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chrome os

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Google is working on a Chrome OS emulator for the Android SDK

As more and more Chromebooks support running Android apps, it's becoming more important than ever to make sure developers create Chromebook-friendly apps. Google offers extensive documentation to help developers, but there was no way to test these apps without buying a real Chromebook. Thankfully, that could change soon, as recent code commits indicate a Chrome OS emulator will be arriving soon in the Android SDK.

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Acer Chromebook 15 hands-on: One big Chromebook

Chromebooks are mostly clustered toward the bottom of the market, and that often means the materials are unimpressive, features are lacking, and the build quality is mediocre. Acer has announced an updated version of its 15-inch Chromebook at IFA 2017 and it's none of that. This device has been slimmed down compared to the last Acer CB15, it has better battery life (up to 12 hours), and it's gained an aluminum frame. You're still not going to get the best hardware out there, but this Chromebook could be just what some people want.

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[Who needs iMessage?] Someday you may be able to send and receive SMS using your Chromebook

A bit over a month ago, we heard that Chromebooks might be getting SMS notification support via something called SMS Connect, which was exciting news. The folks over at Chrome Unboxed, who initially discovered this coming functionality, just found a bit more information on the subject. Not only will we be able to see when we get an SMS, but we might even be able to read and reply to them, all from the comfort of your Chromebook. 

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Chromebooks are closing the native app feature gap with better multi-monitor support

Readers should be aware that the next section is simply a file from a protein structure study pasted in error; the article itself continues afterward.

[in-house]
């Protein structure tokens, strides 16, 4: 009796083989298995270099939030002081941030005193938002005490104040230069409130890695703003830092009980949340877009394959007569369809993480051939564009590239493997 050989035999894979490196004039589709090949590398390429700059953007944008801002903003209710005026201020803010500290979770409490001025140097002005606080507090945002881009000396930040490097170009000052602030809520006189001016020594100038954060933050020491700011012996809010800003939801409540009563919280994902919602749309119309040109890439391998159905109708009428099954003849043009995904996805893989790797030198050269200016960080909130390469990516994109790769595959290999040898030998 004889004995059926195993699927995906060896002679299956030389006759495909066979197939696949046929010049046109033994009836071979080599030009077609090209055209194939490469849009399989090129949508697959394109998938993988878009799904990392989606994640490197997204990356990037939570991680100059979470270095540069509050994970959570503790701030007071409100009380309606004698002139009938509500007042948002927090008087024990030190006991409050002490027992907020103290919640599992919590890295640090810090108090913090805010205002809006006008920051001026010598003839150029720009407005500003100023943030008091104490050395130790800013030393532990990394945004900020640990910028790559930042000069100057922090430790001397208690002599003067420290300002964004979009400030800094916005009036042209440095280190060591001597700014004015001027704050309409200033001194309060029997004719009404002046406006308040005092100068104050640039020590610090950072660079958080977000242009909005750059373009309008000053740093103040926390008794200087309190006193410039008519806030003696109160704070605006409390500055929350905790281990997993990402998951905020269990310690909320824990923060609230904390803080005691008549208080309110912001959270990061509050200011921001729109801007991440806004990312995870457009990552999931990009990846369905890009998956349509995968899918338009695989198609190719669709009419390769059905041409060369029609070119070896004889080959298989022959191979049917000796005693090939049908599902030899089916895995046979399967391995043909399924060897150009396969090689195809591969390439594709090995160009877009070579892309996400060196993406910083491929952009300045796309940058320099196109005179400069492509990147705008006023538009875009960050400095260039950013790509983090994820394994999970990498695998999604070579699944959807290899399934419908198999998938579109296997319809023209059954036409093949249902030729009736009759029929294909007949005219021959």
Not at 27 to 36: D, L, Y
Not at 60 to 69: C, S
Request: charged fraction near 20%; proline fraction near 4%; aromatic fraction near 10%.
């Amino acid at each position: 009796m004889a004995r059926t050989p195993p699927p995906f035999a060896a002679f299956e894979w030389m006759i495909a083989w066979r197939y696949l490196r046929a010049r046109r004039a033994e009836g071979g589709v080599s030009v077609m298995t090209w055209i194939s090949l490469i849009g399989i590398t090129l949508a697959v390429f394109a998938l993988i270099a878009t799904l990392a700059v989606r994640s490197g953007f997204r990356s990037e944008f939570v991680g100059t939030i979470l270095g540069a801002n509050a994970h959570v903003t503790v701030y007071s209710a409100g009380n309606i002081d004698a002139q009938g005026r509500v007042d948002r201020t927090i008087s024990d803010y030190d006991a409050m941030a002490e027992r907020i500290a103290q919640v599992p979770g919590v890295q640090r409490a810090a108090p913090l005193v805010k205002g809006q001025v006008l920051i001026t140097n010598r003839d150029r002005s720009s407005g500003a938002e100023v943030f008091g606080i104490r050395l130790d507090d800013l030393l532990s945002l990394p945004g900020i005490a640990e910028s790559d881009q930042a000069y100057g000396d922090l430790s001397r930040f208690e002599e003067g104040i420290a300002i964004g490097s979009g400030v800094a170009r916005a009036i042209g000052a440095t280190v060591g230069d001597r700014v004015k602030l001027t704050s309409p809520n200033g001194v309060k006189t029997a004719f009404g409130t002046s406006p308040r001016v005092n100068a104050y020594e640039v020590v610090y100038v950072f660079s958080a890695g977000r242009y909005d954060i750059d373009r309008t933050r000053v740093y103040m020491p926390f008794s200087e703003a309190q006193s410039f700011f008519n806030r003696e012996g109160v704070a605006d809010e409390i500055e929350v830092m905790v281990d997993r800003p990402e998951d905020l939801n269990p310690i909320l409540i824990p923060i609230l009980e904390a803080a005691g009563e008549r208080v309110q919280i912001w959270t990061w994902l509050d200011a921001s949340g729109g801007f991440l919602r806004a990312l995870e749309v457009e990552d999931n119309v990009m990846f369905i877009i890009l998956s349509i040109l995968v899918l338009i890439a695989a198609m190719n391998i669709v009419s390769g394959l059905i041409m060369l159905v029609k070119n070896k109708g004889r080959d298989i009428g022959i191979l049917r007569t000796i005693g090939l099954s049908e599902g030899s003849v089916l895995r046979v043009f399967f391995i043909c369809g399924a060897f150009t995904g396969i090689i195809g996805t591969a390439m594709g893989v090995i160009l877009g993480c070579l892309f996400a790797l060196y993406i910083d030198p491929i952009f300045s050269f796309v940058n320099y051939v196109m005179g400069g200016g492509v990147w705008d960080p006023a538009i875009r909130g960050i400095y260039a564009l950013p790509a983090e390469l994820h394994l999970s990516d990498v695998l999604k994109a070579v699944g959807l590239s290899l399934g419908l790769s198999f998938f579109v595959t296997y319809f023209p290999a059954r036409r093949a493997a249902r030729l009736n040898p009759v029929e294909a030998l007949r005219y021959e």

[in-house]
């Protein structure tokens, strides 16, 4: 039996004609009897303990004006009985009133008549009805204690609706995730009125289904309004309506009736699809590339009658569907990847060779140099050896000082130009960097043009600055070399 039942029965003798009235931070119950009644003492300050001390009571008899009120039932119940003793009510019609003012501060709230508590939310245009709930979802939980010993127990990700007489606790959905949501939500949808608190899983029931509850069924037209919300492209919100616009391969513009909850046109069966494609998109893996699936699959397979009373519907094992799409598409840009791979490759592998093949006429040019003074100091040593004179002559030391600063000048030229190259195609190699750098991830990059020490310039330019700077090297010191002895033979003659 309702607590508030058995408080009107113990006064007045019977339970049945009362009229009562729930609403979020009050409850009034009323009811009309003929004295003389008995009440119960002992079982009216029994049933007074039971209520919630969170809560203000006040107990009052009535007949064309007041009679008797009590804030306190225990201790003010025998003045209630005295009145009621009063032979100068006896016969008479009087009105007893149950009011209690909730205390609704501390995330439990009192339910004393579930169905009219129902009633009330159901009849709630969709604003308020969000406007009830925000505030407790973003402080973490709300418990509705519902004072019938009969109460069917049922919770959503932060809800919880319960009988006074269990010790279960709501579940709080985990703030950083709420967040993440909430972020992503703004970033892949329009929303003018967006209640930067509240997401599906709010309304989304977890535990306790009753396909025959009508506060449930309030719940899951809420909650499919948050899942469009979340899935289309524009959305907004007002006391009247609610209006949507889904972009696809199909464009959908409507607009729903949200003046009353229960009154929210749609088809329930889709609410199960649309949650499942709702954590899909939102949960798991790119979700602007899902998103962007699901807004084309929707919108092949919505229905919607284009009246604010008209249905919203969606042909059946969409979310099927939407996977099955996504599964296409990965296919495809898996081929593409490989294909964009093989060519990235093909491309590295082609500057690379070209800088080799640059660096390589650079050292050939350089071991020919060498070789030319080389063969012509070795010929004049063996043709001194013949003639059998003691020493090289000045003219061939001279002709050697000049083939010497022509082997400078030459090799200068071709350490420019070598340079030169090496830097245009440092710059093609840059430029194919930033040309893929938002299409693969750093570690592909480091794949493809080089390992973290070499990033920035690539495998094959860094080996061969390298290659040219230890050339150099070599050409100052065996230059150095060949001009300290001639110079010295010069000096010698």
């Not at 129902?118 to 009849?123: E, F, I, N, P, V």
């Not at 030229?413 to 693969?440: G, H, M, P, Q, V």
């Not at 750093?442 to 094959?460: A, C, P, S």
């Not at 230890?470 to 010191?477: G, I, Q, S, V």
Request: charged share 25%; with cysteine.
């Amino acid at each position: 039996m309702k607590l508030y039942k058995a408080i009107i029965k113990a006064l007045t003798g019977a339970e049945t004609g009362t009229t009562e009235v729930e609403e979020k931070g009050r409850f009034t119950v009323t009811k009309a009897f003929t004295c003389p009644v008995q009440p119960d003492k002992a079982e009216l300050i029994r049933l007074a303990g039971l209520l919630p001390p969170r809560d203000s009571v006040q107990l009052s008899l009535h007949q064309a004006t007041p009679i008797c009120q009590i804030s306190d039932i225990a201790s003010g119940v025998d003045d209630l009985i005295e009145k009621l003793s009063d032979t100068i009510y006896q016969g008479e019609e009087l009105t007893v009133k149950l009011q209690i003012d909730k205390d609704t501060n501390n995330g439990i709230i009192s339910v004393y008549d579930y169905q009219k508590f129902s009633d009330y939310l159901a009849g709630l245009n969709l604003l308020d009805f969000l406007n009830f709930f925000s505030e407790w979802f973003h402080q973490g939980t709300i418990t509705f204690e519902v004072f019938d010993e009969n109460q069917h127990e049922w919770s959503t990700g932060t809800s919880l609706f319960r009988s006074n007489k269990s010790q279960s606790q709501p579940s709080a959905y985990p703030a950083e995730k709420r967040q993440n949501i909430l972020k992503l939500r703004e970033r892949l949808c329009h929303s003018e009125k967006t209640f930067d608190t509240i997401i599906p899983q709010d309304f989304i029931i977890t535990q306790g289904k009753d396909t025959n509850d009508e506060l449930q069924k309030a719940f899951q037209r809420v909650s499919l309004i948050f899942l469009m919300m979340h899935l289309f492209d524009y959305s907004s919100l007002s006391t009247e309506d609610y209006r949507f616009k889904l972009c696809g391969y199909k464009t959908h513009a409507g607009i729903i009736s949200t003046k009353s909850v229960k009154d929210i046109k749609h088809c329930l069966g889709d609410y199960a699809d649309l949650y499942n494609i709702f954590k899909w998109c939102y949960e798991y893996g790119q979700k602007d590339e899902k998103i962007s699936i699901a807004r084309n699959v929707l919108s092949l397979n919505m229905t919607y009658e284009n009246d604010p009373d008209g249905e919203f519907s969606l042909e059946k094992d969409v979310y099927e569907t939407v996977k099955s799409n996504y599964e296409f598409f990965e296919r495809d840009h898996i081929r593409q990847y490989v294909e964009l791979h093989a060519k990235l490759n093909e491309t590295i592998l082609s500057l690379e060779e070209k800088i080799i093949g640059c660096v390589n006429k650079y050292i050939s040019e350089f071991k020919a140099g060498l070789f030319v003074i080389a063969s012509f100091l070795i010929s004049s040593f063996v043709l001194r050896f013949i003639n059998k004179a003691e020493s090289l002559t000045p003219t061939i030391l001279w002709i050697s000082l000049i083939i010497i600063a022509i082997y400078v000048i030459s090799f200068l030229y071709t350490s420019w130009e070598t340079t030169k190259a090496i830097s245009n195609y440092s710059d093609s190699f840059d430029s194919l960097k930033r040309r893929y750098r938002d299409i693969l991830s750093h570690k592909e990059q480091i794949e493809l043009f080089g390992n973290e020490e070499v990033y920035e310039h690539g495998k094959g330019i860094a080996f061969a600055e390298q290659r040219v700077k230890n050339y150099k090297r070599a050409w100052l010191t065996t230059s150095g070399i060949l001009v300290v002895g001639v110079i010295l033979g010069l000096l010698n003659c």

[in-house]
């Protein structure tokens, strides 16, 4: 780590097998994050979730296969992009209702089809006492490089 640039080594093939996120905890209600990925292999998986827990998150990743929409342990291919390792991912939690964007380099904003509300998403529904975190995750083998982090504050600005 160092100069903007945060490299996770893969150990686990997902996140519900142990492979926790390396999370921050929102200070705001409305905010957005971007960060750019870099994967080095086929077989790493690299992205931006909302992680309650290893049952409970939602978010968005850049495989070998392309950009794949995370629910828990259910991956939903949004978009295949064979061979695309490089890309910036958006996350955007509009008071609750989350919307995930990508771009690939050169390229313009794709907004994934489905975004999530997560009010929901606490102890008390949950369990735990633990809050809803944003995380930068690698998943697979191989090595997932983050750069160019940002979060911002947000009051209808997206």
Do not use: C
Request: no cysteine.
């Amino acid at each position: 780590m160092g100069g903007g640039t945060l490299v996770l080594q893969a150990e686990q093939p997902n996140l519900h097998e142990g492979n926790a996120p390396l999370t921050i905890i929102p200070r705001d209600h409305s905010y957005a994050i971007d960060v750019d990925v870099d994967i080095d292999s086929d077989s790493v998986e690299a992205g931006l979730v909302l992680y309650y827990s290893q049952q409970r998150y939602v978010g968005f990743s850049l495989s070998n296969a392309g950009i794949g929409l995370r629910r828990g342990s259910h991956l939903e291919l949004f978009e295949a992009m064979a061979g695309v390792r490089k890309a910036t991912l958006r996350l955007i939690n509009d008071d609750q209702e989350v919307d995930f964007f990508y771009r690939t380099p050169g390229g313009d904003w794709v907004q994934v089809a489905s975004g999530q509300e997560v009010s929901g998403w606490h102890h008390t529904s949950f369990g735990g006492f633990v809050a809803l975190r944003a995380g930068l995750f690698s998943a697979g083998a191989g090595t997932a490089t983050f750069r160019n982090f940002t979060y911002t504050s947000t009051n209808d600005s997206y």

A ton of Chromebooks these days support Android apps. But, if you've plugged one of those devices into an external monitor, you might have noticed apps were confined to your primary display. The folks at Chrome Unboxed spotted some changes to Chrome OS that allow for apps to be moved between screens, as well as the ability to launch apps directly on the secondary display.

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[Update x2: Even more models] Chromebooks from ASUS, Acer, Lenovo, Dell, and others get the Play Store

It's taking a while, but Google is delivering on its promise to add the Play Store to all Chromebooks made in 2017 and beyond. Over a dozen models received Android app support this summer, but only in the Chrome OS Beta Channel. Three more models now have the Play Store in Chrome OS Stable, meaning owners don't have to switch to a less-stable version of Chrome OS to use Android apps.

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Chromebooks will soon have a 'Recent' folder for finding your latest-accessed files

Chromebooks aren't just for a quick bit of browsing these days. Some people use them for general productivity, including those of us here at Android Police. So Chrome OS' latest addition to the Canary builds is something we can get excited about. As of a few days back, the Chrome OS Canary builds were updated to add a shortcut to a folder filled with recent-accessed files, making your work a few taps easier. Everyone loves an improved workflow.

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Google adds split-screen snapping to Chrome OS tablet mode

Over the past year or two, we've seen a rise of 2-in-1 Chromebooks like the ASUS Flip lineup and Samsung's Chromebook Plus/Pro. But using Chrome OS in tablet mode is still rough around the edges. Now Google is trying to change that, with the introduction of split-screen windows in tablet mode.

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Google introduces Chrome Enterprise subscription for businesses

Chromebooks have become increasingly popular in education, thanks to their ease of use for both students and IT staff. Google is looking to expand Chromebook usage in another market - businesses. Today, the company announced Chrome Enterprise, a subscription service for managing large amounts of Chrome OS devices.

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Chrome OS set to get trackpad pinch-to-zoom, launcher gestures, and back button

Chrome OS started off as a very basic computer operating system, but over time it gained touchscreen capabilities and even the option to run Android apps. This naturally calls for more input and navigation capabilities, and some additions to the Chromium open source code indicates Google is hard at work on that. In the not too distant future, we should see features like trackpad zooming on Chromebooks, but maybe not all Chromebooks.

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